AP Photo/Steve Ruark, File

The FCC is taking up several key measures that could make way for even more media consolidation under the Trump Administration, after it already signed off on a rule change that cleared the way for the Sinclair-Tribune deal. These rules were put in place decades ago to maintain a diversity of voices in local markets.

Why it matters: The Trump Administration's laissez-faire approach to media and telecom regulation is part of what has allowed media deals to reach a two-year high in Q3.

TV, newspaper ownership rule — Per Reuters: "The Federal Communications Commission will vote at its November meeting to rollback landmark media ownership regulations that limit the ability of companies to own multiple TV stations and newspapers in the same market and remove other restrictions, Chairman Ajit Pai told a congressional panel Wednesday." Per The Washington Post's Brian Fung: "The FCC vote, expected Nov. 16, could also eliminate a rule that prevents TV stations in the same market from merging if the outcome leads to fewer than eight independent stations operating in that market."Studio elimination rule: Per Variety's Ted Johnson: "The FCC on Tuesday voted to eliminate a rule that required broadcast station groups to maintain a physical presence in the community of their primary local coverage area, a move that critics say will help mediacompanies further consolidate their operations and even be a boost to the ambitions of Sinclair Broadcast Group."What they're saying: Proponents of repealing them (mostly newspapers and broadcast companies) say a new economic solution is needed for local media to survive in the digital age. Opponents (mostly Democrats) worry it could have an impact on democracy and emergency communications.

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Updated 44 mins ago - Politics & Policy

Voters in Wisconsin, Michigan urged to return absentee ballots to drop boxes

Signs for Joe Biden are seen outside a home in Coon Valle, Wisconsin, on Oct. 3. Photo by KEREM YUCEL via Getty

Wisconsin Democrats and the Democratic attorney general of Michigan are urging voters to return absentee ballots to election clerks’ offices or drop boxes, warning that the USPS may not be able to deliver ballots by the Election Day deadline.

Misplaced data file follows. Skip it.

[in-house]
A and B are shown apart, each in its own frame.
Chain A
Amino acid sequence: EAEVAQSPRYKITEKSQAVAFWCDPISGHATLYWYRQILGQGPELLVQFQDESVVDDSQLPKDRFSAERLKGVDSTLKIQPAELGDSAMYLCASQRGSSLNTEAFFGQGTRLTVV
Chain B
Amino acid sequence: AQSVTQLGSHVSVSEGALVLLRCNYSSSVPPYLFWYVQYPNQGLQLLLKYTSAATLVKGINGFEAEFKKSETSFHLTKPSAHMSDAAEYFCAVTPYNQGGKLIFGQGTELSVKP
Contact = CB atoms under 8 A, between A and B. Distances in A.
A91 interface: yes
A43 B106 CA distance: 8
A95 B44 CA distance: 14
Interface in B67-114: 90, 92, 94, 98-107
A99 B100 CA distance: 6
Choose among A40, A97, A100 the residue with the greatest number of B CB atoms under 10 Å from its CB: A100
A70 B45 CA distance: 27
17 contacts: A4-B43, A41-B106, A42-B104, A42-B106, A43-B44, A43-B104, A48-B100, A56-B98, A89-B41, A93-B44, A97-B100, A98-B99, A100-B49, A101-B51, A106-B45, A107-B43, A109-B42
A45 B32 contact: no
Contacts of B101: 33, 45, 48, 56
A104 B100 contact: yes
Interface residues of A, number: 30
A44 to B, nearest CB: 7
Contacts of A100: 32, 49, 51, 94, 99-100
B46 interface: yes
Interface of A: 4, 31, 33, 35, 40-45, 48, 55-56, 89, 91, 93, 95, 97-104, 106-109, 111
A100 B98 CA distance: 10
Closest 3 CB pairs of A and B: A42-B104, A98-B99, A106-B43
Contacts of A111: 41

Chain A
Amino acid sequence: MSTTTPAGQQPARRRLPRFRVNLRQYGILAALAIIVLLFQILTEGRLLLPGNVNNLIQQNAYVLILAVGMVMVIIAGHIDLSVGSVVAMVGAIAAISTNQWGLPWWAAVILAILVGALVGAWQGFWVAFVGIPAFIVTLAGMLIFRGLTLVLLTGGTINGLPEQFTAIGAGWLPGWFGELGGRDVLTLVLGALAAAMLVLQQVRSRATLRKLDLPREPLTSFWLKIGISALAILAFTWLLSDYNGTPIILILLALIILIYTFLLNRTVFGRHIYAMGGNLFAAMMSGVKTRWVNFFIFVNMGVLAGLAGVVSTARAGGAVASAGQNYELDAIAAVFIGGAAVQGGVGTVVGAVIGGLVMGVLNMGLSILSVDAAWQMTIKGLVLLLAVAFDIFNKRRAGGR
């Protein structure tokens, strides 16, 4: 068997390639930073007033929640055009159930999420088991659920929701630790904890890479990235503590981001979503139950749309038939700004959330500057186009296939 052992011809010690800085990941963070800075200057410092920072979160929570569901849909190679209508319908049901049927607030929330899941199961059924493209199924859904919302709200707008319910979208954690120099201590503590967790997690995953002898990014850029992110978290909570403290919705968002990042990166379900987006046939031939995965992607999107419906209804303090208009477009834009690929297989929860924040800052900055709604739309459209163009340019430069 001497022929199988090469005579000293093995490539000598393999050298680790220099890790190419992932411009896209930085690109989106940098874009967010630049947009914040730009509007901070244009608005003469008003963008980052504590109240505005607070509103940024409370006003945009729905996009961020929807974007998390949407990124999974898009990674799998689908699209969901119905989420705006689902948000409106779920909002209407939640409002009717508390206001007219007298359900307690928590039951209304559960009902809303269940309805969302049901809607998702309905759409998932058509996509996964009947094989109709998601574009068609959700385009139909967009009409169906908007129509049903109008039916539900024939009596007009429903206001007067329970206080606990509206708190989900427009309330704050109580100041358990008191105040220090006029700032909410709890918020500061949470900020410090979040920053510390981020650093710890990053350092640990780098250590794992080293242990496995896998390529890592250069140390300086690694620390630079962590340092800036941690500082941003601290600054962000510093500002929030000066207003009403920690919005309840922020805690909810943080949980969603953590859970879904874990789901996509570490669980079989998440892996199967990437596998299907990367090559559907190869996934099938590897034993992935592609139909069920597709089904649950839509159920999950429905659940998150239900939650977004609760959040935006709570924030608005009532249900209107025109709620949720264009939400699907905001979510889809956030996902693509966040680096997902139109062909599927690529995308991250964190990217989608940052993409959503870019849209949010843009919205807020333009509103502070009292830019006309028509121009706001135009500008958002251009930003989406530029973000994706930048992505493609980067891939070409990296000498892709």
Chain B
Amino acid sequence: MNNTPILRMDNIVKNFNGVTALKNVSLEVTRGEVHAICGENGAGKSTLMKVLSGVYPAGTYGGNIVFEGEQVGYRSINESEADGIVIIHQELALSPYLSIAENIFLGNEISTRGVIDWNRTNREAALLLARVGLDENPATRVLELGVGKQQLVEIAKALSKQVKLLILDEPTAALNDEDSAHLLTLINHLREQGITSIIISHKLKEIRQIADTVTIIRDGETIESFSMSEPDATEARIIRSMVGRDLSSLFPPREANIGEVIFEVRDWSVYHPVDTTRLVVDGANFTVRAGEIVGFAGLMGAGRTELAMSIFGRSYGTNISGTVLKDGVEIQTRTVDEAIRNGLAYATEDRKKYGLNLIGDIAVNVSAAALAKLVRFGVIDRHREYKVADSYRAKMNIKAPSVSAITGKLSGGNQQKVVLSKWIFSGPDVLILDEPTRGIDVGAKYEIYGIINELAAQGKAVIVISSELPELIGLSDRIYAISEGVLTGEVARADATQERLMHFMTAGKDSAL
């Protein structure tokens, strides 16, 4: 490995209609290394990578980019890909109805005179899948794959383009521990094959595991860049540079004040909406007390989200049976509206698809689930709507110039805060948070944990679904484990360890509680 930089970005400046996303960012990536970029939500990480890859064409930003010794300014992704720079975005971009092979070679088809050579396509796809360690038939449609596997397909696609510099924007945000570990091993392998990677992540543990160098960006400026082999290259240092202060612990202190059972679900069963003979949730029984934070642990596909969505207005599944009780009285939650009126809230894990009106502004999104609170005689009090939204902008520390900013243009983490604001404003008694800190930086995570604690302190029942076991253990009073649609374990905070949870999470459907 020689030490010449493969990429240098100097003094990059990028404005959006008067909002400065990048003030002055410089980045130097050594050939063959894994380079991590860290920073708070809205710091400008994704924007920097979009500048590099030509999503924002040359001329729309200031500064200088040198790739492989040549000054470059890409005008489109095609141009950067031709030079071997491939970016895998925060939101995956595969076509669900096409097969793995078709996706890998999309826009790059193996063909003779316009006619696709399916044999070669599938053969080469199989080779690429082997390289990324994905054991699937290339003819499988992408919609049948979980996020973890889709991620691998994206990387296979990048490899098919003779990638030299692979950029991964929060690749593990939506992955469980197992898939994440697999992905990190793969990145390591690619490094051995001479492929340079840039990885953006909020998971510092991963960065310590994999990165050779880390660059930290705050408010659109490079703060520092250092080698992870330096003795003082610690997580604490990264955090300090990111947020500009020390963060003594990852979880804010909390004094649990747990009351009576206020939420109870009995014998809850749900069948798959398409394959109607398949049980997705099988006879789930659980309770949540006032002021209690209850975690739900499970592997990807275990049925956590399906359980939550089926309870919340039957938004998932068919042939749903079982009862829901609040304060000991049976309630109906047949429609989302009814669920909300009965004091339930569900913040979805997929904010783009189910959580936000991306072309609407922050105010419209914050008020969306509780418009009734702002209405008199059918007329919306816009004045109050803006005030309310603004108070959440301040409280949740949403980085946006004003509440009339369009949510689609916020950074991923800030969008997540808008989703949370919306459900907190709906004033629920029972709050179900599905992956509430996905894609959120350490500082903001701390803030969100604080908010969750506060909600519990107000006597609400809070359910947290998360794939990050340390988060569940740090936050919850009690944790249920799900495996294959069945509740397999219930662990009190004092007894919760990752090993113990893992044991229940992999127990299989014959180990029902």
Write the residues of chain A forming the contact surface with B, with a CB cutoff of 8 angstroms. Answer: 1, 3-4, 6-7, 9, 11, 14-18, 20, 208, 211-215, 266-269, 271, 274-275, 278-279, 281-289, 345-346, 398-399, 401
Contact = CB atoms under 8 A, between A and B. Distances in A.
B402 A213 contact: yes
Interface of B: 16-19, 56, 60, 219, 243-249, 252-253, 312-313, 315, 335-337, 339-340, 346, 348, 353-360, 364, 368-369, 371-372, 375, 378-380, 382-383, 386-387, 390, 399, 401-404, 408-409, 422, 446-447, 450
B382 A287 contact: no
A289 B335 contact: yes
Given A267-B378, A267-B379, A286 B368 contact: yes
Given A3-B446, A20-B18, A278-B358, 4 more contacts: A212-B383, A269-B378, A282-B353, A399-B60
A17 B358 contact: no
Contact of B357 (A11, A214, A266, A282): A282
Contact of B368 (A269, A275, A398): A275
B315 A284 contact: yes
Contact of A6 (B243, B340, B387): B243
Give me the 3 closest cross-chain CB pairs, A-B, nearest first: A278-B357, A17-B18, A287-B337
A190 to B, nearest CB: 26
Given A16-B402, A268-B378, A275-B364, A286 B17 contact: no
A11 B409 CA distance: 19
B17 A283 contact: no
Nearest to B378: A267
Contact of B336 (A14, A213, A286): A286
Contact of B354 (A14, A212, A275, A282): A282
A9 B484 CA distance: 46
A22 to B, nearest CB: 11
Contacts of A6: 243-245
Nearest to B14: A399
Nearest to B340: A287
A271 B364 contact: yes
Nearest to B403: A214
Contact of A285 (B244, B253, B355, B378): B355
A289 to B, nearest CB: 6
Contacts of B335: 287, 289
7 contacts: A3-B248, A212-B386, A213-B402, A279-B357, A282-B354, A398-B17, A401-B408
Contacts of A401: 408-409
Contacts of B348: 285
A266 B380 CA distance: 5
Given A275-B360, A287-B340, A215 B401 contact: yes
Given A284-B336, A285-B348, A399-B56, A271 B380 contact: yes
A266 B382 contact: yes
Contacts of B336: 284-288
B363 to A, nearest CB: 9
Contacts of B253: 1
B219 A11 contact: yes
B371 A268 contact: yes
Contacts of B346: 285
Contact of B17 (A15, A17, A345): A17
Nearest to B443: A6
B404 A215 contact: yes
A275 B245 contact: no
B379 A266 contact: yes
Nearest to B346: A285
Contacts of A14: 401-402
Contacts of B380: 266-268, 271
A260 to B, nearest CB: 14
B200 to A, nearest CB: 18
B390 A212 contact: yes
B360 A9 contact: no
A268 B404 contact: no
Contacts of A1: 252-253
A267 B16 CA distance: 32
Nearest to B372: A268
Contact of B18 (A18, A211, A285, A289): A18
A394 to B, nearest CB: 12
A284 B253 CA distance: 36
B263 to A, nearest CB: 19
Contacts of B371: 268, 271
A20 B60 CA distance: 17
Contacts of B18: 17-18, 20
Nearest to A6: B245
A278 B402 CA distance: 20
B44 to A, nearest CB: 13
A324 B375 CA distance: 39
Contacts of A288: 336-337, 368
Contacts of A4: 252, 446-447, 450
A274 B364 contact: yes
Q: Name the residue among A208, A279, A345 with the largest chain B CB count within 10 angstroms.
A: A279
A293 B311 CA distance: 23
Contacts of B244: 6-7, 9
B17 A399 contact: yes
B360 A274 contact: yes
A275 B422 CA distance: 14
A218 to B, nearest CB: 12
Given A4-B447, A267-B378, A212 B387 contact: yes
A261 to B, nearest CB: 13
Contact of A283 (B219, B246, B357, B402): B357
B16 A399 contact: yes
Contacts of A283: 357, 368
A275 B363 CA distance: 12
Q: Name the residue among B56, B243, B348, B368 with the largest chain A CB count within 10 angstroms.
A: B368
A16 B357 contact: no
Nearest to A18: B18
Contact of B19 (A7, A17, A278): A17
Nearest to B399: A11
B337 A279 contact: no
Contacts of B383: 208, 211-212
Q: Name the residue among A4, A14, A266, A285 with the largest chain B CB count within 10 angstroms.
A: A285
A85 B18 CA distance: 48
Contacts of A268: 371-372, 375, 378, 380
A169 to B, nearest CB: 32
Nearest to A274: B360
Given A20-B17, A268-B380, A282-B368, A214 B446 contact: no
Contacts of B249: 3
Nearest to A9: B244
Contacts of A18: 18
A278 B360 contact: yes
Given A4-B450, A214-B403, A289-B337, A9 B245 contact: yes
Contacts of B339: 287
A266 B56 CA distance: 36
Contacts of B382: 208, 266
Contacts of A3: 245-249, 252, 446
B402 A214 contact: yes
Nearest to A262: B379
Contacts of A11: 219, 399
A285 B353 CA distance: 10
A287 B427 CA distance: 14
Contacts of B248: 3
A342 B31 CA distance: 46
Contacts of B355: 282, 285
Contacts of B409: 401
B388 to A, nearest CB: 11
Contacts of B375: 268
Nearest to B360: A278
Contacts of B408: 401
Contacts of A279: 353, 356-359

Driving the news: The Supreme Court rejected an effort by Wisconsin Democrats and civil rights groups to extend the state's deadline for counting absentee ballots to six days after Election Day, as long as they were postmarked by Nov. 3. In Michigan, absentee ballots must also be received by 8 p.m. on Election Day in order to be counted.

52 mins ago - Technology

Facebook warns of "perception hacks" undermining trust in democracy

Photo Illustration: Sarah Grillo/Axios. Photo by Jamie Squire/Getty Images

Facebook warned Tuesday that bad actors are increasingly taking to social media to create the false perception that they’ve pulled off major hacks of electoral systems or have otherwise seriously disrupted elections.

Why it matters: "Perception hacking," as Facebook calls it, can have dire consequences on people's faith in democracy, sowing distrust, division and confusion among the voters it targets.

Obama: Trump is "jealous of COVID's media coverage"

Former President Barack Obama launched a blistering attack on President Trump while campaigning for Joe Biden in Orlando on Tuesday, criticizing Trump for complaining about the pandemic as cases soar and joking that he's "jealous of COVID's media coverage."

Driving the news: Trump has baselessly accused the news media of only focusing on covering the coronavirus pandemic — which has killed over 226,000 Americans so far and is surging across the country once again — as a way to deter people from voting on Election Day and distract from other issues.